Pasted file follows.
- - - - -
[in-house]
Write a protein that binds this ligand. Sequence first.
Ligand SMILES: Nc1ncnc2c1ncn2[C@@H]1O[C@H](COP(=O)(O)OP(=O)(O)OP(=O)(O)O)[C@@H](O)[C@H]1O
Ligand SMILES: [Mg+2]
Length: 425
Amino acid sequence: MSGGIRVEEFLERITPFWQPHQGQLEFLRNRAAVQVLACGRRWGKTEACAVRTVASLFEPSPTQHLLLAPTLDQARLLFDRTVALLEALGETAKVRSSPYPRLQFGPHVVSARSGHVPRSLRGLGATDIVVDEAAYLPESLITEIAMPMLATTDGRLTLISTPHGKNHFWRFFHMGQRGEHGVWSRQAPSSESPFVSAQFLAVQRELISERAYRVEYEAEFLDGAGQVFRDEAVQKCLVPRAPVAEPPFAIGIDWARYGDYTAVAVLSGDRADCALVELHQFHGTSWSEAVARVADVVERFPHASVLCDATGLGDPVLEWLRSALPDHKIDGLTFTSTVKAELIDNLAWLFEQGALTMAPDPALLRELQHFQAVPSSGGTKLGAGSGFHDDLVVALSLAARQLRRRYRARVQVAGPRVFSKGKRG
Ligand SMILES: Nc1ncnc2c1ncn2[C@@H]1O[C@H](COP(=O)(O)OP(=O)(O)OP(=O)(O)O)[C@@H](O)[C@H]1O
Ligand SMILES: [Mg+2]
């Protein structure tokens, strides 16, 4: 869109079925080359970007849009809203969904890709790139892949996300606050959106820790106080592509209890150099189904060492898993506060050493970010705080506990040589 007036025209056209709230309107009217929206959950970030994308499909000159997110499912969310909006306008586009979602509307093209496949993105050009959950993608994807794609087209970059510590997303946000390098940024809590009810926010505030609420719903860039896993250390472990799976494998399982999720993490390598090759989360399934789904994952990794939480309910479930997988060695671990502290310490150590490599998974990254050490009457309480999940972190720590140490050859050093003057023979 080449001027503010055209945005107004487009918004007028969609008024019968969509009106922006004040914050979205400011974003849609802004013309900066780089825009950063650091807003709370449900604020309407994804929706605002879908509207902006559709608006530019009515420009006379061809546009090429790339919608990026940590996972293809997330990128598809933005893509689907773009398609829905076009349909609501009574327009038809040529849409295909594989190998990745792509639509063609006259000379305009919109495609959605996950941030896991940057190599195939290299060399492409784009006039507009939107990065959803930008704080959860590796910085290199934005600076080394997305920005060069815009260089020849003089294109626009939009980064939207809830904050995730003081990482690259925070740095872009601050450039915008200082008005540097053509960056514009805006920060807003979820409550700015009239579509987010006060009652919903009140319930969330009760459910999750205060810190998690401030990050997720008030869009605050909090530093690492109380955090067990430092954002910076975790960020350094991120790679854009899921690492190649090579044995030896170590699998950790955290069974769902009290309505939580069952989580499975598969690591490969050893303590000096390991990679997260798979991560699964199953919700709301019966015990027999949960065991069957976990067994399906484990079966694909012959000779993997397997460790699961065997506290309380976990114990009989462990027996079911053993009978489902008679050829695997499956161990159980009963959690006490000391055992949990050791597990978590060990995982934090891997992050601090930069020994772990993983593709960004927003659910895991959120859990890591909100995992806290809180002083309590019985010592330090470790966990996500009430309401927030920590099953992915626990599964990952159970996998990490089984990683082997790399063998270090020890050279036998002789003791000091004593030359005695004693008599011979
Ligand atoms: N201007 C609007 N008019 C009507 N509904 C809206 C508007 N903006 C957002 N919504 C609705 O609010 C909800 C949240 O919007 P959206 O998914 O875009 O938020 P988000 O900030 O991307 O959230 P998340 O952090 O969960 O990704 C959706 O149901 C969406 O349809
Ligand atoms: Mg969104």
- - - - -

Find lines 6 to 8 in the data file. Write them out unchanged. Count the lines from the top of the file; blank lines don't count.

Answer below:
Amino acid sequence: MSGGIRVEEFLERITPFWQPHQGQLEFLRNRAAVQVLACGRRWGKTEACAVRTVASLFEPSPTQHLLLAPTLDQARLLFDRTVALLEALGETAKVRSSPYPRLQFGPHVVSARSGHVPRSLRGLGATDIVVDEAAYLPESLITEIAMPMLATTDGRLTLISTPHGKNHFWRFFHMGQRGEHGVWSRQAPSSESPFVSAQFLAVQRELISERAYRVEYEAEFLDGAGQVFRDEAVQKCLVPRAPVAEPPFAIGIDWARYGDYTAVAVLSGDRADCALVELHQFHGTSWSEAVARVADVVERFPHASVLCDATGLGDPVLEWLRSALPDHKIDGLTFTSTVKAELIDNLAWLFEQGALTMAPDPALLRELQHFQAVPSSGGTKLGAGSGFHDDLVVALSLAARQLRRRYRARVQVAGPRVFSKGKRG
Ligand SMILES: Nc1ncnc2c1ncn2[C@@H]1O[C@H](COP(=O)(O)OP(=O)(O)OP(=O)(O)O)[C@@H](O)[C@H]1O
Ligand SMILES: [Mg+2]